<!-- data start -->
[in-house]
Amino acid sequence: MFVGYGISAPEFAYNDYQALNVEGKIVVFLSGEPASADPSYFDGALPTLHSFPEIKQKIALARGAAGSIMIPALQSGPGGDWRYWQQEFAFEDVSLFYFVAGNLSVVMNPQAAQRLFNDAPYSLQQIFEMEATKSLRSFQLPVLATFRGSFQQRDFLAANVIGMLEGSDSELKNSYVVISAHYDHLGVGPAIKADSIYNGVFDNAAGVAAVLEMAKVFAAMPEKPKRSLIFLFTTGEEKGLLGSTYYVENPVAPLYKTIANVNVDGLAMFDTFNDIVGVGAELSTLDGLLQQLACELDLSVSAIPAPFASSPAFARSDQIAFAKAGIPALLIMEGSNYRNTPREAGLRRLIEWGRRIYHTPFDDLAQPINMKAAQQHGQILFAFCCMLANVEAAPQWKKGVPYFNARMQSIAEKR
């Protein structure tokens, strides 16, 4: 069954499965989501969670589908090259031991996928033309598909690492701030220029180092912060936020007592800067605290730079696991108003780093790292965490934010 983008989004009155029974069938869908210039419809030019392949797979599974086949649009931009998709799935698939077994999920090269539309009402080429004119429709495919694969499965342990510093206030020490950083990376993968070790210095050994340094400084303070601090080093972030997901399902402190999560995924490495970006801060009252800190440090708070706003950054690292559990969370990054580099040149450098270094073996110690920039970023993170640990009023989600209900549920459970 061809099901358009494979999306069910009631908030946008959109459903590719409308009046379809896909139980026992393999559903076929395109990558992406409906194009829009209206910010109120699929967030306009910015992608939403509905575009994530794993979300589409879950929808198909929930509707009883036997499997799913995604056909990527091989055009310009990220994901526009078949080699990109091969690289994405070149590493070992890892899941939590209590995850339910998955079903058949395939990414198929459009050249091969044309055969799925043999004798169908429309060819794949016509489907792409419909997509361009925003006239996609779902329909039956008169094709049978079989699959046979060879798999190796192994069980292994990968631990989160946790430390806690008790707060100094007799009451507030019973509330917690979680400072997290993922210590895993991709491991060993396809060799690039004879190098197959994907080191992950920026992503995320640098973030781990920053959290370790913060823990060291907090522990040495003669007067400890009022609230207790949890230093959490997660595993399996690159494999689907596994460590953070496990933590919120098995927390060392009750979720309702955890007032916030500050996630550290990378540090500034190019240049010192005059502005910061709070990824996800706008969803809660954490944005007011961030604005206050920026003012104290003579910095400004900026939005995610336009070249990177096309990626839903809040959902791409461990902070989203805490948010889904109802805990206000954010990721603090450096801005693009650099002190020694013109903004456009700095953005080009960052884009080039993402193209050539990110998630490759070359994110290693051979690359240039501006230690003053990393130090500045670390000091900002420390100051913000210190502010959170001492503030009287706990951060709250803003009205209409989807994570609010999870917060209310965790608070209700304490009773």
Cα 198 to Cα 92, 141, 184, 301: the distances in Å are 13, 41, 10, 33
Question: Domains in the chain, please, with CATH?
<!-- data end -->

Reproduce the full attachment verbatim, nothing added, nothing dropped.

[in-house]
Amino acid sequence: MFVGYGISAPEFAYNDYQALNVEGKIVVFLSGEPASADPSYFDGALPTLHSFPEIKQKIALARGAAGSIMIPALQSGPGGDWRYWQQEFAFEDVSLFYFVAGNLSVVMNPQAAQRLFNDAPYSLQQIFEMEATKSLRSFQLPVLATFRGSFQQRDFLAANVIGMLEGSDSELKNSYVVISAHYDHLGVGPAIKADSIYNGVFDNAAGVAAVLEMAKVFAAMPEKPKRSLIFLFTTGEEKGLLGSTYYVENPVAPLYKTIANVNVDGLAMFDTFNDIVGVGAELSTLDGLLQQLACELDLSVSAIPAPFASSPAFARSDQIAFAKAGIPALLIMEGSNYRNTPREAGLRRLIEWGRRIYHTPFDDLAQPINMKAAQQHGQILFAFCCMLANVEAAPQWKKGVPYFNARMQSIAEKR
């Protein structure tokens, strides 16, 4: 069954499965989501969670589908090259031991996928033309598909690492701030220029180092912060936020007592800067605290730079696991108003780093790292965490934010 983008989004009155029974069938869908210039419809030019392949797979599974086949649009931009998709799935698939077994999920090269539309009402080429004119429709495919694969499965342990510093206030020490950083990376993968070790210095050994340094400084303070601090080093972030997901399902402190999560995924490495970006801060009252800190440090708070706003950054690292559990969370990054580099040149450098270094073996110690920039970023993170640990009023989600209900549920459970 061809099901358009494979999306069910009631908030946008959109459903590719409308009046379809896909139980026992393999559903076929395109990558992406409906194009829009209206910010109120699929967030306009910015992608939403509905575009994530794993979300589409879950929808198909929930509707009883036997499997799913995604056909990527091989055009310009990220994901526009078949080699990109091969690289994405070149590493070992890892899941939590209590995850339910998955079903058949395939990414198929459009050249091969044309055969799925043999004798169908429309060819794949016509489907792409419909997509361009925003006239996609779902329909039956008169094709049978079989699959046979060879798999190796192994069980292994990968631990989160946790430390806690008790707060100094007799009451507030019973509330917690979680400072997290993922210590895993991709491991060993396809060799690039004879190098197959994907080191992950920026992503995320640098973030781990920053959290370790913060823990060291907090522990040495003669007067400890009022609230207790949890230093959490997660595993399996690159494999689907596994460590953070496990933590919120098995927390060392009750979720309702955890007032916030500050996630550290990378540090500034190019240049010192005059502005910061709070990824996800706008969803809660954490944005007011961030604005206050920026003012104290003579910095400004900026939005995610336009070249990177096309990626839903809040959902791409461990902070989203805490948010889904109802805990206000954010990721603090450096801005693009650099002190020694013109903004456009700095953005080009960052884009080039993402193209050539990110998630490759070359994110290693051979690359240039501006230690003053990393130090500045670390000091900002420390100051913000210190502010959170001492503030009287706990951060709250803003009205209409989807994570609010999870917060209310965790608070209700304490009773």
Cα 198 to Cα 92, 141, 184, 301: the distances in Å are 13, 41, 10, 33
Question: Domains in the chain, please, with CATH?